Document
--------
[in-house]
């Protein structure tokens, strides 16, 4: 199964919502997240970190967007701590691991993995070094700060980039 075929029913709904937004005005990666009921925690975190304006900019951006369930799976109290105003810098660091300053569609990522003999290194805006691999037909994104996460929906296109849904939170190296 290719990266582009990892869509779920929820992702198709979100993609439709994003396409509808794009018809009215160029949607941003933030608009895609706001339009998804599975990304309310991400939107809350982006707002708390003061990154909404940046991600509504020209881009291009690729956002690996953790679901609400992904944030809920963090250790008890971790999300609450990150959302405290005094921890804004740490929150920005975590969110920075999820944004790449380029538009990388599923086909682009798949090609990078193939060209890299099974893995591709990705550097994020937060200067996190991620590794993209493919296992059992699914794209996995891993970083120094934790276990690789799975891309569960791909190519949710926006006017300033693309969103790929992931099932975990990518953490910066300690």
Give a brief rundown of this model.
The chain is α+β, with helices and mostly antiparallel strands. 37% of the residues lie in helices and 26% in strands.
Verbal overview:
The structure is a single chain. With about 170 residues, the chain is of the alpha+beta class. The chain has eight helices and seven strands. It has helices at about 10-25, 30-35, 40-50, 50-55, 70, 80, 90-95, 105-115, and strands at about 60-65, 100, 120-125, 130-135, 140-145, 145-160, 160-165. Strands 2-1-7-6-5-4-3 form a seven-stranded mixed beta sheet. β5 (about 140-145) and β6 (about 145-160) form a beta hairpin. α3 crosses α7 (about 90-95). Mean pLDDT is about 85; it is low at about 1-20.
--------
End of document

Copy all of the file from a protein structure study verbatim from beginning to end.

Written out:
[in-house]
């Protein structure tokens, strides 16, 4: 199964919502997240970190967007701590691991993995070094700060980039 075929029913709904937004005005990666009921925690975190304006900019951006369930799976109290105003810098660091300053569609990522003999290194805006691999037909994104996460929906296109849904939170190296 290719990266582009990892869509779920929820992702198709979100993609439709994003396409509808794009018809009215160029949607941003933030608009895609706001339009998804599975990304309310991400939107809350982006707002708390003061990154909404940046991600509504020209881009291009690729956002690996953790679901609400992904944030809920963090250790008890971790999300609450990150959302405290005094921890804004740490929150920005975590969110920075999820944004790449380029538009990388599923086909682009798949090609990078193939060209890299099974893995591709990705550097994020937060200067996190991620590794993209493919296992059992699914794209996995891993970083120094934790276990690789799975891309569960791909190519949710926006006017300033693309969103790929992931099932975990990518953490910066300690």
Give a brief rundown of this model.
The chain is α+β, with helices and mostly antiparallel strands. 37% of the residues lie in helices and 26% in strands.
Verbal overview:
The structure is a single chain. With about 170 residues, the chain is of the alpha+beta class. The chain has eight helices and seven strands. It has helices at about 10-25, 30-35, 40-50, 50-55, 70, 80, 90-95, 105-115, and strands at about 60-65, 100, 120-125, 130-135, 140-145, 145-160, 160-165. Strands 2-1-7-6-5-4-3 form a seven-stranded mixed beta sheet. β5 (about 140-145) and β6 (about 145-160) form a beta hairpin. α3 crosses α7 (about 90-95). Mean pLDDT is about 85; it is low at about 1-20.